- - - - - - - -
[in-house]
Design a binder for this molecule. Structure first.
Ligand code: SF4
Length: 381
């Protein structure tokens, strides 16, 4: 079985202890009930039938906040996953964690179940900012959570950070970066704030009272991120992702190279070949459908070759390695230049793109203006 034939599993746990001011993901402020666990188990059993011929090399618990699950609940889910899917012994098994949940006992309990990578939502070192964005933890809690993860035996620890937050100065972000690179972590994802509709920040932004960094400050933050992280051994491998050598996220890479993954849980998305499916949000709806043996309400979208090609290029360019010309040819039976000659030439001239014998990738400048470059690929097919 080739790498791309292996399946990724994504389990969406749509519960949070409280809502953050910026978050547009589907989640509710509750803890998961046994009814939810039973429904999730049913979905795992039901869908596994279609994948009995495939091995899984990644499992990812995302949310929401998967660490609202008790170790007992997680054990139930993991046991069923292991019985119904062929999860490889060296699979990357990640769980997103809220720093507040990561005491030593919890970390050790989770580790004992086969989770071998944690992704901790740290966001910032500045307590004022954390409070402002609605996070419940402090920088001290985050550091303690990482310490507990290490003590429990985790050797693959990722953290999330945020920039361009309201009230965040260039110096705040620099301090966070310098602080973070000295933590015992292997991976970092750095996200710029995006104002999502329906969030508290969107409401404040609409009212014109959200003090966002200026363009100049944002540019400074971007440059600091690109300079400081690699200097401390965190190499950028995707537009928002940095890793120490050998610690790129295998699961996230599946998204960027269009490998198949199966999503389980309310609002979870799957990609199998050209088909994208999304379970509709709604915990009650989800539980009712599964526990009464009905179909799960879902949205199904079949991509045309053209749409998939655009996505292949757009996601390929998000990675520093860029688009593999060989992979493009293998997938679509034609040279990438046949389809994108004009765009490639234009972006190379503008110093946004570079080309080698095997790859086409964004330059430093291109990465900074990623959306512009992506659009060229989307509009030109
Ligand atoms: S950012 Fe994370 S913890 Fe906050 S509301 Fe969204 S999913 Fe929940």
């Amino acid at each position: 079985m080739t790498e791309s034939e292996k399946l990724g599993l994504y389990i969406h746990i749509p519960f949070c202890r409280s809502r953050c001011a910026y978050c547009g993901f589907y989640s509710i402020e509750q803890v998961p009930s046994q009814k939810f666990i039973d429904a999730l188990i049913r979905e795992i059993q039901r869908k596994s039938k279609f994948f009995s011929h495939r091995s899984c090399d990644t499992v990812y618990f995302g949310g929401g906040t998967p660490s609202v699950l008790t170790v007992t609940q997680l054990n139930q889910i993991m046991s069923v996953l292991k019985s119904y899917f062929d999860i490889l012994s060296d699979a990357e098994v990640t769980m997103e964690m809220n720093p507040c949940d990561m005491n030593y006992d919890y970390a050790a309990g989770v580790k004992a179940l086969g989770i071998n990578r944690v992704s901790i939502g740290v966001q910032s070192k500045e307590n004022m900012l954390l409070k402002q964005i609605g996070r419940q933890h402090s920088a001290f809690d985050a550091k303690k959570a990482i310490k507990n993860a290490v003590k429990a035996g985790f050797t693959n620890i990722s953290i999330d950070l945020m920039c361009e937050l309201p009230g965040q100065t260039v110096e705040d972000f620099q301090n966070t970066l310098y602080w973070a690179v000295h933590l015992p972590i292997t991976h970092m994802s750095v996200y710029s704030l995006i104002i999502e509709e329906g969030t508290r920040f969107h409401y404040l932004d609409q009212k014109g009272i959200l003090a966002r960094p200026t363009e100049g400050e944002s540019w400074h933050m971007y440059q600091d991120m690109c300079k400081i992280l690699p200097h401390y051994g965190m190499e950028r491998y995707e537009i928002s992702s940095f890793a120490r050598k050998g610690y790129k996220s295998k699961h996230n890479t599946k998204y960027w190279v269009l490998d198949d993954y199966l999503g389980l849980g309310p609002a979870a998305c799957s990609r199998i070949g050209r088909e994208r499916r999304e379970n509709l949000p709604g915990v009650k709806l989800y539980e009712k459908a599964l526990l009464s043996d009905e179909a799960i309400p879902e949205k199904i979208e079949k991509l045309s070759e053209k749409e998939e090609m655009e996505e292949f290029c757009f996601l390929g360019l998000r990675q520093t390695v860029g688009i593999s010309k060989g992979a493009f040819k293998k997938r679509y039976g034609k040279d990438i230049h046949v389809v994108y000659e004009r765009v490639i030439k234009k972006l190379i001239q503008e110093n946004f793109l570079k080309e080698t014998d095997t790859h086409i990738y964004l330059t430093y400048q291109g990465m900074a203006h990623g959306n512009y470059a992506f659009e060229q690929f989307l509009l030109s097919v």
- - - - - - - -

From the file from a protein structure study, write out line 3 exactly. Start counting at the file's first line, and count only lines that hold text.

Ligand code: SF4